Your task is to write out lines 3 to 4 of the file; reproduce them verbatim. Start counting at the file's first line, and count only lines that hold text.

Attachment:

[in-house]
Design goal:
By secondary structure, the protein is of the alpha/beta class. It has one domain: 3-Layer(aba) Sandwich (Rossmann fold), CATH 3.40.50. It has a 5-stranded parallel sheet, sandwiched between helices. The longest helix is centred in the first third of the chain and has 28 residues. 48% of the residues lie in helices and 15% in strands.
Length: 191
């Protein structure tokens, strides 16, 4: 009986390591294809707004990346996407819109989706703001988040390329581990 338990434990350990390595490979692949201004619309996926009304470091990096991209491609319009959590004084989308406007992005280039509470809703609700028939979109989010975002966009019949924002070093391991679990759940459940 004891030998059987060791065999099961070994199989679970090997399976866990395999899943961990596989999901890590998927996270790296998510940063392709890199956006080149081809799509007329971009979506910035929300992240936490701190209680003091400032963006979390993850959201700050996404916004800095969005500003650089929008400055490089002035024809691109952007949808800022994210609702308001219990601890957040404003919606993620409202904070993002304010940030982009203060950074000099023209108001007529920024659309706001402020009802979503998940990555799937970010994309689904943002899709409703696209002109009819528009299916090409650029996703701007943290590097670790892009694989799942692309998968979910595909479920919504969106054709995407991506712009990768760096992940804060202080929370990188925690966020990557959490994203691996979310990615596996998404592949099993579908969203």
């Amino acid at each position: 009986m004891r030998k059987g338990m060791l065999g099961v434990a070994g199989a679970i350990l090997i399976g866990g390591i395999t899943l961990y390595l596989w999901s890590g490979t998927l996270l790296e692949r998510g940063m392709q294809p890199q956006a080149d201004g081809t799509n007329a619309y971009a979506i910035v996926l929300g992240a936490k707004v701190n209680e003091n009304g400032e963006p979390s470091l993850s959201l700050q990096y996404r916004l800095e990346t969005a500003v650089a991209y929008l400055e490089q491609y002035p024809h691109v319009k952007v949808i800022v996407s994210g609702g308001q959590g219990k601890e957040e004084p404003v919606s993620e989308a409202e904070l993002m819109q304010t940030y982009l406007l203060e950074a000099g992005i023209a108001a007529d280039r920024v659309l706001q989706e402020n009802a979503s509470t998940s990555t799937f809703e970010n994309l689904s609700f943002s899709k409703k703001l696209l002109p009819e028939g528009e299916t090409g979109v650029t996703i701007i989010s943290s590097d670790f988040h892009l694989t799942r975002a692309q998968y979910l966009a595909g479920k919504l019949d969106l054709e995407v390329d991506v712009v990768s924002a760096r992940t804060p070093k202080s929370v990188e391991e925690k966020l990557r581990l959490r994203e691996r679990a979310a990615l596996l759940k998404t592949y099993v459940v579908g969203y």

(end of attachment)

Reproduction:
By secondary structure, the protein is of the alpha/beta class. It has one domain: 3-Layer(aba) Sandwich (Rossmann fold), CATH 3.40.50. It has a 5-stranded parallel sheet, sandwiched between helices. The longest helix is centred in the first third of the chain and has 28 residues. 48% of the residues lie in helices and 15% in strands.
Length: 191